What shall become of the cultural vanguard and the role of the fount of honour, then, is a rule by prestige. Although this has always been the case, it too must be expressed and defined: showing to all citizens that the Sôgmô maintains no power to deny any citizen the right to expression. This rule by prestige has been too strong and has often led to the barring against citizens expressing their culture. Instead, the ‘rule by prestige’ must be reformed to make it clear that all Sandum citizens have the same right, indifferent of position, and that all citizens make up the Sandum culture: not just the Sôgmô as fount of honour. For the most part, these are minor redefinitions and changes in stress that will hopefully result in cultural change willing to involve every citizen and make them active in the affairs of State.
The basis of activity and involvement is most closely linked to culture. Many have observed that micronationalism is so popularly because of its perspective on fun. However, when a micronation moves from “amusement” to “purpose”, that perspective is lost; something new must take its place. This new thing is culture, which we have been rather successful in creating — but not spreading amongst our citizenship. Not only will culture create new activity from citizens, but it will also create nationalism.
Whilst nationalism as a political theory is linked to terrible actions on the part of nations, nationalism as an identity and sentiment has often united a nation as we would prefer. At the moment, Sandum citizens see themselves more as their macronationalities. However, if we are to succeed in cultural advancement and in the Advance of our State, we require a sense of nationalism. We must not think of ourselves as American, for example, but as Sandum — a wholly independent people and a nation built by our own hands. This ought not to be offensive to others, as we turn from our mother countries, but a remark on the strong identity of our Sovereign People to build for us individuality in a whole society.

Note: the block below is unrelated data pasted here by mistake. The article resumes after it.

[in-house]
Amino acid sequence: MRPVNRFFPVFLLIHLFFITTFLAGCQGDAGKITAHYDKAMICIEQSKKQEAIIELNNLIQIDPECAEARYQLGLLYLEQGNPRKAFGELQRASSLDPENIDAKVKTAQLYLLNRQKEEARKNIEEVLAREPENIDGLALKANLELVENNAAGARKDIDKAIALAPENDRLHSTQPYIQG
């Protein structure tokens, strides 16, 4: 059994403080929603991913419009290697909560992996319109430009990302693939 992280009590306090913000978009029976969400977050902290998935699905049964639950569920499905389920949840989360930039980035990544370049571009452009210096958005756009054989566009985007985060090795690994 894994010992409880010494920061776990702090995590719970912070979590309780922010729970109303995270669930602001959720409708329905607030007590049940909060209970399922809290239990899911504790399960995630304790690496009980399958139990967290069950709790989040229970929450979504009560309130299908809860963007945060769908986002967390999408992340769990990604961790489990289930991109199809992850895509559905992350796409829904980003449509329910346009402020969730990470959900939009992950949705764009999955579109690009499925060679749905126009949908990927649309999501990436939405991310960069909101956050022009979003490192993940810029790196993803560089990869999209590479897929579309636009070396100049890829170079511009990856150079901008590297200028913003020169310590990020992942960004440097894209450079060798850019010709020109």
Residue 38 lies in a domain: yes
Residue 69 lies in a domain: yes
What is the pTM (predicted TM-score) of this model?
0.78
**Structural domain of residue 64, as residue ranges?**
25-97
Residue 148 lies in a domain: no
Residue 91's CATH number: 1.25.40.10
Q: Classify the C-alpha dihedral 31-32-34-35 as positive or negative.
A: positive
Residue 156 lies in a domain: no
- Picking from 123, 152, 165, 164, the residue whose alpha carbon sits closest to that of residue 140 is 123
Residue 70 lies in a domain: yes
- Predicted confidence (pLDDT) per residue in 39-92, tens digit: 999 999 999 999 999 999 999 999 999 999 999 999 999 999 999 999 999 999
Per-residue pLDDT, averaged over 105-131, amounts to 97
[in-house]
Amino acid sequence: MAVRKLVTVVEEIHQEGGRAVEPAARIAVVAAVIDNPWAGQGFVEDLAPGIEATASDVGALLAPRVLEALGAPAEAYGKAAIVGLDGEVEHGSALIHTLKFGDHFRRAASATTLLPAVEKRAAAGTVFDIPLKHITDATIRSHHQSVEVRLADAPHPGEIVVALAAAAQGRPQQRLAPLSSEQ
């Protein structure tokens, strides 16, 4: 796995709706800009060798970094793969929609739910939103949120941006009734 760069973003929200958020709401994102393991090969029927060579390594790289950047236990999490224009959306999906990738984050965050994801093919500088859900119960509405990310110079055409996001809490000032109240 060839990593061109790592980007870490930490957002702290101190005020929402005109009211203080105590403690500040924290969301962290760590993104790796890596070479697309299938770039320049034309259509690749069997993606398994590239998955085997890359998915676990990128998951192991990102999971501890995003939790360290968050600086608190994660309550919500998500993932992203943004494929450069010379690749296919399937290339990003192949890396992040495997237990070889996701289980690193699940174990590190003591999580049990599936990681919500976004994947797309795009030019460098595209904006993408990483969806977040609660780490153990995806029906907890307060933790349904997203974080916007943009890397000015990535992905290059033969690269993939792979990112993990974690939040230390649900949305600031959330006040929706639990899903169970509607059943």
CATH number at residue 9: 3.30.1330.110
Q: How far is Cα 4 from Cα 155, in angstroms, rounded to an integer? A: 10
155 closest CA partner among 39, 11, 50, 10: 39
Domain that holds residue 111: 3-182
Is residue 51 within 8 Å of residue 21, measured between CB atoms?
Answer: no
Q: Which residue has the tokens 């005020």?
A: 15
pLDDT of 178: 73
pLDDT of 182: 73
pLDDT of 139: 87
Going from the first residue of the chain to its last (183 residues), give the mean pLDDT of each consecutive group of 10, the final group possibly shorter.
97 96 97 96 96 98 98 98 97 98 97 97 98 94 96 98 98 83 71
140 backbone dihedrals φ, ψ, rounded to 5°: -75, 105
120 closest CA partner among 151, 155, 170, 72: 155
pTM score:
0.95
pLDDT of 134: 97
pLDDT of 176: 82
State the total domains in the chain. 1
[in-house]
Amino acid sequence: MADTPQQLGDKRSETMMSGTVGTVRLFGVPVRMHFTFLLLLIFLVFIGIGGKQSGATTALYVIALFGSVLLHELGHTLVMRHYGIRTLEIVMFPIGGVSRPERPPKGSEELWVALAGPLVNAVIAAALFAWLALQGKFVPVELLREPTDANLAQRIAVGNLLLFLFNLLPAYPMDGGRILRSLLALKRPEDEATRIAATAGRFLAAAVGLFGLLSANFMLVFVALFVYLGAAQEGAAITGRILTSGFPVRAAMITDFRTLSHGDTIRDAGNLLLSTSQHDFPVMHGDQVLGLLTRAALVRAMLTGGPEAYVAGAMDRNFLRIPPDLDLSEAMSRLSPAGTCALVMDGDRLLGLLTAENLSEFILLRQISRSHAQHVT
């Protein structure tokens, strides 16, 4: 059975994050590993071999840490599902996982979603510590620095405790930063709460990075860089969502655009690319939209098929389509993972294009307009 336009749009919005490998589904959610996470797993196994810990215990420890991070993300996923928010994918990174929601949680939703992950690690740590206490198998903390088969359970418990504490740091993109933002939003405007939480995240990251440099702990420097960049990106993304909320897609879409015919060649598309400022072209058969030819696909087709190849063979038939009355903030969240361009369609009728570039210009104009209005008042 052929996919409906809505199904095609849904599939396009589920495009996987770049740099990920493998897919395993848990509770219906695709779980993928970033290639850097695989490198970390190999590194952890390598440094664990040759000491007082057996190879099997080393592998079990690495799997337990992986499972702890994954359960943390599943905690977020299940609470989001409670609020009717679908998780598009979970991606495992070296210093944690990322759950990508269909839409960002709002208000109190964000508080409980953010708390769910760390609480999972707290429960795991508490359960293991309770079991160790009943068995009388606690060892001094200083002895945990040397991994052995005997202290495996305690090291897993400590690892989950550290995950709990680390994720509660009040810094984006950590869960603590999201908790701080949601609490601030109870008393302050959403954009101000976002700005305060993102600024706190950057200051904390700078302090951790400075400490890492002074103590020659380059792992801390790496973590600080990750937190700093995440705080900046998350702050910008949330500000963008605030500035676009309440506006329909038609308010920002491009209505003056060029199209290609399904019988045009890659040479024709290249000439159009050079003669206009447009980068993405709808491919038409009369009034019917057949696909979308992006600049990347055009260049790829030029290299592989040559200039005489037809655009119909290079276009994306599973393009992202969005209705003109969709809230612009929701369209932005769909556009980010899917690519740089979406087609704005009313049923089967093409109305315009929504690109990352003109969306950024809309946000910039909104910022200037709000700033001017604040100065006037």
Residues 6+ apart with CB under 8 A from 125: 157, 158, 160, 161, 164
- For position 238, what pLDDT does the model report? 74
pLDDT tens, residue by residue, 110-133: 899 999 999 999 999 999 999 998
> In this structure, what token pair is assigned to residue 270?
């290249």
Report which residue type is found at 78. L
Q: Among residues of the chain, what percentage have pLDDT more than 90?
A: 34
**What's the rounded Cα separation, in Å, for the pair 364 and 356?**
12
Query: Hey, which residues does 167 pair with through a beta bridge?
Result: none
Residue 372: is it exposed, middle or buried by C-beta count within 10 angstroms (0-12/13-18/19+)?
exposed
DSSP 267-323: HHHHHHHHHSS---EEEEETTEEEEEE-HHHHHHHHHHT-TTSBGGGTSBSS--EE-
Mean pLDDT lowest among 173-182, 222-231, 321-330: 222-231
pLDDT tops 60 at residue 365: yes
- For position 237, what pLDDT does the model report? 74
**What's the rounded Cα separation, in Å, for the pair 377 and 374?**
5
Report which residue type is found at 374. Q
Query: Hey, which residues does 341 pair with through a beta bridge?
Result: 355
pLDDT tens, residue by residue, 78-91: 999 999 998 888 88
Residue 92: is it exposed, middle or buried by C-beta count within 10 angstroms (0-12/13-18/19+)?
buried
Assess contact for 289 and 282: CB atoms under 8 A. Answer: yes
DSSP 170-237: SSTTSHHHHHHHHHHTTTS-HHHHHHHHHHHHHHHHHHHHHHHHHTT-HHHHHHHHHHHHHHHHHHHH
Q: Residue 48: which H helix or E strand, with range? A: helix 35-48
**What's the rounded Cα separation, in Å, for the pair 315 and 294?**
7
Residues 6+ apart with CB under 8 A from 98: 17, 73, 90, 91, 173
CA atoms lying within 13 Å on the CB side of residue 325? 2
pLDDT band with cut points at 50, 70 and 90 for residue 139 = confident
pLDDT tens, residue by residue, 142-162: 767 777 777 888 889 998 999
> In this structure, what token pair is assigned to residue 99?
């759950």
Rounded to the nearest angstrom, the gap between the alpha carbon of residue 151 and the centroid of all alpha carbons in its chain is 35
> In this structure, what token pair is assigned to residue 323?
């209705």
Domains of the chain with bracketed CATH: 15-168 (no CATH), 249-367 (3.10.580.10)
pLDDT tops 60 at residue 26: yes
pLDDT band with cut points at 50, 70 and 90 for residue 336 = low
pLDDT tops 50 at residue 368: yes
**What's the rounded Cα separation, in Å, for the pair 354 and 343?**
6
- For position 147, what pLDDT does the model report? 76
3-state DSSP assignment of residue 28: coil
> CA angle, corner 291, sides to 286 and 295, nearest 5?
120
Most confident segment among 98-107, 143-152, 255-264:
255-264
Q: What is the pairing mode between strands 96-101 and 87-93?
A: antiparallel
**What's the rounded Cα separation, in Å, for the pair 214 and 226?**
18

This nationalism, or this sense of nationality, is a characteristic of Socialist societies. Many consider that, in Socialist societies, the individual comes after the nation (which many consider to be Fascist, though wrongly so). An interesting discussion, on the change of society from pre-1980s “we” culture to post-1980s “me” culture due to the rise of computer technology, has led to a further definition of something that we, as Sandum citizens, closely feel. Many have criticised the institution of our Communist Party for reasons such as the Party putting the nation above the people: however, we consider it differently. Instead of the “we” and “me” being mutually incompatible, we consider them to be mutually compatible. That is to say that we believe in individuality in a united, equal society. We consider that an individual can not only exist within a Socialist society, but that the individual can thrive as well and work for the welfare of both the self and of the society.
One way to bind this society together, as we remarked above, is through culture. Once more, we see the individual being stressed in the whole, the citizen in the Socialist nation, through these perspectives on hopeful policies. In sum, these are what we plan to do, as the vanguard Office of the whole nation:
- We shall stress the cultural pluralism of Sandum culture, wherein each citizen is vital.
- We shall stress the freedom of expression and conscience of all citizens and note how the prestige of the Sôgmô as cultural vanguard shall be changed through stressing of those freedoms to not restrict cultural advancement.
- We shall explain why culture is so vital to national-identity, nationalism, and further prosperity — especially in activity and in citizen involvement.
- We shall stress the mutual compatibility of the individual in the Sandum socialist society.